Bird flu appears to hit British Great Skua colonies again
Following an outbreak of avian influenza last summer, which contributed to a disastrous breeding season for Great Skua, there have already been multiple reports of dead birds this spring in Northumberland and Shetland.
Dead and dying Great Skuas have been noted in Shetland, Northumberland and Faroe Islands in recent days (Alex Penn)
Around 20 Great Skuas have been found dead or dying on Fair Isle in recent days, with further casualties at other colonies in Shetland. Although bird flu is currently unconfirmed, birders on Fair Isle say the birds are showing identical symptoms to those witnessed in 2021, when dead birds tested positive.
The dead birds have been untouched by scavengers and avoided by other Great Skuas, but they will be safely collected and sent for testing to confirm whether or not bird flu is to blame.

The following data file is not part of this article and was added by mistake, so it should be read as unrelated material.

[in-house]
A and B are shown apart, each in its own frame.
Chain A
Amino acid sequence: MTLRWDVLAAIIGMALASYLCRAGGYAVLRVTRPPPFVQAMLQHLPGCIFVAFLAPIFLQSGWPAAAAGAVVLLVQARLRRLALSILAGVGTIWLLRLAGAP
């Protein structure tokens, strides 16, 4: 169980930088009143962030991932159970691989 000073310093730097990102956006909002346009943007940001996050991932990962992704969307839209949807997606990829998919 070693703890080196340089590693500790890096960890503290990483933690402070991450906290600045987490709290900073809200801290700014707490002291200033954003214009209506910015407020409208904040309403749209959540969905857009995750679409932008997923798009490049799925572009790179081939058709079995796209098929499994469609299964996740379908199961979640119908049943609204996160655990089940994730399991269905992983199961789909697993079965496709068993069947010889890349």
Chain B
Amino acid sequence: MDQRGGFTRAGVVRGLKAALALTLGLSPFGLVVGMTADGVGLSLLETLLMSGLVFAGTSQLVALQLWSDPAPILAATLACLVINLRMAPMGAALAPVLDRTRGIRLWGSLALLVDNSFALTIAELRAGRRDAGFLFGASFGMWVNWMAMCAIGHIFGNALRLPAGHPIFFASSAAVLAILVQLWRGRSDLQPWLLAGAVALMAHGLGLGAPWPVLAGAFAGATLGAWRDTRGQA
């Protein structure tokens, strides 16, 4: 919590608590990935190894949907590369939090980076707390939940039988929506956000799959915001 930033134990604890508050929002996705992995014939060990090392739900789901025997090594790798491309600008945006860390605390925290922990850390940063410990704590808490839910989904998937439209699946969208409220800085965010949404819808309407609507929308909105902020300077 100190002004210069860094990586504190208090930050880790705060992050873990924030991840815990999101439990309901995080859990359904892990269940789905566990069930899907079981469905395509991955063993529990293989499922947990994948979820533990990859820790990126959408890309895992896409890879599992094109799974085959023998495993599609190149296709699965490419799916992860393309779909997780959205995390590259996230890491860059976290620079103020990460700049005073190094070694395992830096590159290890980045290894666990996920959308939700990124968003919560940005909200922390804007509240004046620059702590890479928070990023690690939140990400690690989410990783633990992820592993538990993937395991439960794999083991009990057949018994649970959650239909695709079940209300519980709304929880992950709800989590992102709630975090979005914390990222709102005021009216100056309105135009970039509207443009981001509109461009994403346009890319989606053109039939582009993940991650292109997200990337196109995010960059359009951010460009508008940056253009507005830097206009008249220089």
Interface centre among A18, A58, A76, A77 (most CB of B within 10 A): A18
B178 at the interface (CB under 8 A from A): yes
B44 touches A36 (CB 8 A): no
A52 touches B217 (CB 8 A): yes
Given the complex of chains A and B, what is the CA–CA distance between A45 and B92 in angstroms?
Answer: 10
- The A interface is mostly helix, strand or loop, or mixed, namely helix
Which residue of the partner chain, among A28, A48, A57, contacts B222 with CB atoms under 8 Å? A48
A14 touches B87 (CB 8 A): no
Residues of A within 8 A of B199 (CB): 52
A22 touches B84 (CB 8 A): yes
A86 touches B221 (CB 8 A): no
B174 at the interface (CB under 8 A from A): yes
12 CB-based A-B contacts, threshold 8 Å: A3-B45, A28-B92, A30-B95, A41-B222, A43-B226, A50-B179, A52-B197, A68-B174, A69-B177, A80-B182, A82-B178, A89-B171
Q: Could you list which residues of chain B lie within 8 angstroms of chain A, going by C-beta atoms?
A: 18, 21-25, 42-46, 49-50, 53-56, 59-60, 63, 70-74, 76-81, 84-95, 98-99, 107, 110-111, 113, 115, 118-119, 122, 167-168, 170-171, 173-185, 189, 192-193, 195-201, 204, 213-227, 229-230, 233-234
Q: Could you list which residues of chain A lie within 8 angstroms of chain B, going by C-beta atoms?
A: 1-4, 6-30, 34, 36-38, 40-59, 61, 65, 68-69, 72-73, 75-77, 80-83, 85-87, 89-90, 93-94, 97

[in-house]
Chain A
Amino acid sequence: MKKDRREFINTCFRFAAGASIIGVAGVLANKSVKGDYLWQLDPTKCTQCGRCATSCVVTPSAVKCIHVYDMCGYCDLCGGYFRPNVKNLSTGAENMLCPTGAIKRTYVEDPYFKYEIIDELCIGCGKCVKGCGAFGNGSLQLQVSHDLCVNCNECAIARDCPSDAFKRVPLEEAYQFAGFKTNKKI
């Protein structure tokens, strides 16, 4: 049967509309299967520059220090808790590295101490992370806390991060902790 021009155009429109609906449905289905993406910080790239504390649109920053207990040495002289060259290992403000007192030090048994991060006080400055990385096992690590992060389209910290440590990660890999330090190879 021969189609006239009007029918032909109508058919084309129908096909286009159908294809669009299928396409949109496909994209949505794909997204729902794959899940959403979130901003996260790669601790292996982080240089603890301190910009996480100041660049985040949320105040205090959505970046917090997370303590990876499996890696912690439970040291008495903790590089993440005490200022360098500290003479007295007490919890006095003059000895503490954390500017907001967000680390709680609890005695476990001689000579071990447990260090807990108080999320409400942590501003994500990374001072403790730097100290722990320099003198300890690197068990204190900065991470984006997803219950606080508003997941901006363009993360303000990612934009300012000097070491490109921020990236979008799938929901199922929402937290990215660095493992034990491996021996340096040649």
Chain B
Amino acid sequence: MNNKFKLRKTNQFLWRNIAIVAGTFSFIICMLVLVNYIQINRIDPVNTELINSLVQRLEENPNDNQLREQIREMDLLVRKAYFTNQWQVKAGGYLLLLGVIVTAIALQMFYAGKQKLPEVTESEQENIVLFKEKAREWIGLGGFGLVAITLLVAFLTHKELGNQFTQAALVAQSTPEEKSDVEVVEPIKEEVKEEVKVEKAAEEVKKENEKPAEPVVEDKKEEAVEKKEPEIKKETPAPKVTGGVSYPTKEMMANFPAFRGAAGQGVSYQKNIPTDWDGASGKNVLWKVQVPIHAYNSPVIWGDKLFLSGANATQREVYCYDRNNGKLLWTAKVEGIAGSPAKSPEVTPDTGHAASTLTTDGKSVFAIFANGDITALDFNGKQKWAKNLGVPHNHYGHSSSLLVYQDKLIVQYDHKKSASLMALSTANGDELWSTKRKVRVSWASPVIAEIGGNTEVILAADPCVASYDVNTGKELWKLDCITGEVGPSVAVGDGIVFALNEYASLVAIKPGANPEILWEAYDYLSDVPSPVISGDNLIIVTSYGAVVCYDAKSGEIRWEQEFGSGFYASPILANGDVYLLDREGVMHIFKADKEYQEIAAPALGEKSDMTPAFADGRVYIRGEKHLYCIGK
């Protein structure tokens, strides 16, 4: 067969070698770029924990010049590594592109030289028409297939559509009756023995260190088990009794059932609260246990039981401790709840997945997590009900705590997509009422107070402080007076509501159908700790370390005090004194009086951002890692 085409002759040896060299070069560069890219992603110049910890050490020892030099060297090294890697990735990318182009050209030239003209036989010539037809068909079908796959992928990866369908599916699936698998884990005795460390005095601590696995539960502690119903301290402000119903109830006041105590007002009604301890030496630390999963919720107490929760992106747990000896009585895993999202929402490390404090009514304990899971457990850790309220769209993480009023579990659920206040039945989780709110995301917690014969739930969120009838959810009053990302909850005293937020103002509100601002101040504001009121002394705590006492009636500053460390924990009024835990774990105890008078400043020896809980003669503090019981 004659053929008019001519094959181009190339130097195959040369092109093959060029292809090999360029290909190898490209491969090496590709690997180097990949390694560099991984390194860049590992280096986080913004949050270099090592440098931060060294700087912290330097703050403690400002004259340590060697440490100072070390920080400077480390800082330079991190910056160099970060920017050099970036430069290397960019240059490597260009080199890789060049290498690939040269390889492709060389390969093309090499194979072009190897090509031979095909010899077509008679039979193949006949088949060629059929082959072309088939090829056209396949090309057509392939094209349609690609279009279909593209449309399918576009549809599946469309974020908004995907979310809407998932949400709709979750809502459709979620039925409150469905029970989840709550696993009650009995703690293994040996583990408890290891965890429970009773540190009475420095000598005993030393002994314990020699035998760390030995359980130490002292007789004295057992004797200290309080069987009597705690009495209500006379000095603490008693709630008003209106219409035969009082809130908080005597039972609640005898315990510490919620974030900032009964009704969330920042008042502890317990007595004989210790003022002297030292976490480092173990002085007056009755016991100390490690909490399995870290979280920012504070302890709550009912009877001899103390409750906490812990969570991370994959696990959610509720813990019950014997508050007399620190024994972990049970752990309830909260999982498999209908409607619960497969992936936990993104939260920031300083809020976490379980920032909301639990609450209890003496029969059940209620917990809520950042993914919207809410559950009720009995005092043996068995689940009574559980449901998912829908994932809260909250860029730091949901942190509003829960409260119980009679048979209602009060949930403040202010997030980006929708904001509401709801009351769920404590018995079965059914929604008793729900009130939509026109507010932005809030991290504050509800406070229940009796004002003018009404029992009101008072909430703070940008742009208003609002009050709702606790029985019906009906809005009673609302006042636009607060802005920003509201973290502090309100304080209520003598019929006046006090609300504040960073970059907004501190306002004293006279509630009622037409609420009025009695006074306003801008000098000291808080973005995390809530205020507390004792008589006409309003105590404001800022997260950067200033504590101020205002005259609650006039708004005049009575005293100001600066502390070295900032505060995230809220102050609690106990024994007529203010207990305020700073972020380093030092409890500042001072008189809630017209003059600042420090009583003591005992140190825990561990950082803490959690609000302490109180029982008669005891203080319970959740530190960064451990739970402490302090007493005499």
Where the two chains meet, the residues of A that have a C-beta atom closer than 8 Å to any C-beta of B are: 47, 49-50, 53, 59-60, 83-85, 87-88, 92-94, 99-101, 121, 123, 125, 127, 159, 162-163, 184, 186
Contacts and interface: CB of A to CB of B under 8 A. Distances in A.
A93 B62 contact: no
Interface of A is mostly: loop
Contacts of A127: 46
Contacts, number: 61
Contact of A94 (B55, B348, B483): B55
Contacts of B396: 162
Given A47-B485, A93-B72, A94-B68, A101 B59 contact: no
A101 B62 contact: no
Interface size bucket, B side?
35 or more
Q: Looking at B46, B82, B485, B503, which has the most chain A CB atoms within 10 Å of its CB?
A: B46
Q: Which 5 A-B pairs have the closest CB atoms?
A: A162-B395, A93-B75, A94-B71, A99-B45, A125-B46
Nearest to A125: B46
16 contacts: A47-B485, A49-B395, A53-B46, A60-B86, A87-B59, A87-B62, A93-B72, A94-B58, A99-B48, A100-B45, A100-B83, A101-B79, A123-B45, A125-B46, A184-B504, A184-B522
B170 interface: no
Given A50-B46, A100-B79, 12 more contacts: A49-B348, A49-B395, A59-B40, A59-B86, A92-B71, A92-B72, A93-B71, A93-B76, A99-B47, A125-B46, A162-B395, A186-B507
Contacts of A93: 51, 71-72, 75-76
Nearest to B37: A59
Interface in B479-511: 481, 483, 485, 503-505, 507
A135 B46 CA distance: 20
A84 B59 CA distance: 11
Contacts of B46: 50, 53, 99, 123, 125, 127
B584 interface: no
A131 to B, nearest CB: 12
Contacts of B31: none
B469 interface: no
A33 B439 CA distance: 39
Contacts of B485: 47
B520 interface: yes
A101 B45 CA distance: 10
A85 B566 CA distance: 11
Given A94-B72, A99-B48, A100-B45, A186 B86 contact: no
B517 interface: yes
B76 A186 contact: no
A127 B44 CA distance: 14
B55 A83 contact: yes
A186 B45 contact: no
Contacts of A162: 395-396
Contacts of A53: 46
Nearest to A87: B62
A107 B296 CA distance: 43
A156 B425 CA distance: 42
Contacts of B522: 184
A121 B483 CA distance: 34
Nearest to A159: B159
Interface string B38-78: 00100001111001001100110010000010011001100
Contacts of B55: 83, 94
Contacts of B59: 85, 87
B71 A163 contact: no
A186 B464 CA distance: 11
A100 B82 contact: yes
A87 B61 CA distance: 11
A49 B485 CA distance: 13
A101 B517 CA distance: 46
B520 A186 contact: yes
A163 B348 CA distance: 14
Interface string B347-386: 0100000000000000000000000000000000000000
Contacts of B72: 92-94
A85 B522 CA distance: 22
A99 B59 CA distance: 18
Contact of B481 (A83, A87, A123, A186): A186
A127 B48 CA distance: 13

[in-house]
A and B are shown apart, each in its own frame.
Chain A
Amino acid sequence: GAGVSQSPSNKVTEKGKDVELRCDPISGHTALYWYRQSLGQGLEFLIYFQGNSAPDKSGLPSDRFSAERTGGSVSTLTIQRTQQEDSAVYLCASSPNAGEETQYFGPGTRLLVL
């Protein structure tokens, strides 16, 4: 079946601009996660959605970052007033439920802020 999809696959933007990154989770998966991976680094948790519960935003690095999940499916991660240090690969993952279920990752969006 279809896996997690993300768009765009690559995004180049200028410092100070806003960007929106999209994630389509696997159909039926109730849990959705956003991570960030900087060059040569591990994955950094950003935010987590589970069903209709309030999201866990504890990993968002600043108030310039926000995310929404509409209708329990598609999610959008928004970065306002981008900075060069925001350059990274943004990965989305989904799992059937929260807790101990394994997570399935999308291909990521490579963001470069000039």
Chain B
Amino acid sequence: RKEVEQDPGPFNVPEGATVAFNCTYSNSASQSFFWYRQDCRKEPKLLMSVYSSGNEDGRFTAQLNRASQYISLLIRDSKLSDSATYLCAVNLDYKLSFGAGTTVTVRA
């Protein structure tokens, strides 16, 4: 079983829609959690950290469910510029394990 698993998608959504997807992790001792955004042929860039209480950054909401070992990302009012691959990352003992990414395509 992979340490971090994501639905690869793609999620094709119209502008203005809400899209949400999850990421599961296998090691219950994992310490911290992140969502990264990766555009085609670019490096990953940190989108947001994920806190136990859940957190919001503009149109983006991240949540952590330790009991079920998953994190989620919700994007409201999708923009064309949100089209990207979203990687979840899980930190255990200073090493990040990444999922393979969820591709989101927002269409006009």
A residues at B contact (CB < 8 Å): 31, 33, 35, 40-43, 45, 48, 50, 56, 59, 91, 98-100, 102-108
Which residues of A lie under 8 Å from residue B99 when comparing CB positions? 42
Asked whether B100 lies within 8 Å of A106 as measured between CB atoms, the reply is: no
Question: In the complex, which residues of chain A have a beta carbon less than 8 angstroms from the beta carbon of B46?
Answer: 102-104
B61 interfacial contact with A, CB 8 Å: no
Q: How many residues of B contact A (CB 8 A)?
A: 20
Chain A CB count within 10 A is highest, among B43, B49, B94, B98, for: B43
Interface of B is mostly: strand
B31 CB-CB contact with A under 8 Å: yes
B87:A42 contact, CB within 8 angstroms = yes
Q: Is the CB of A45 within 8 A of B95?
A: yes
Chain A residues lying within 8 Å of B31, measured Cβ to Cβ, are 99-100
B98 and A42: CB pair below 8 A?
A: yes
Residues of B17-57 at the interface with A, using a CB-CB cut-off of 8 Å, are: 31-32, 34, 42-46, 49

Affected birds suffer tremoring and loss of coordination (Alex Penn)
Alex Penn, acting warden at Fair Isle Bird Observatory wrote on Twitter that, although numbers of casualties so far have been low compared to last year's outbreak, the situation is "worrying" because "last year we didn't see affected birds much before July".
He suggested that shared bathing sites near breeding colonies are likely transmission sites, but said: "The unknown is how it seems to have persisted over the winter, only to flare up again at colonies this spring."
There have been other reports of sick and dead Great Skuas, including on the Faroe Islands and up to four on Holy Island, Northumberland.
Advice on azian influenza, and what to do if you find a wild bird with symptoms, can be found at gov.uk/guidance/avian-influenza-bird-flu.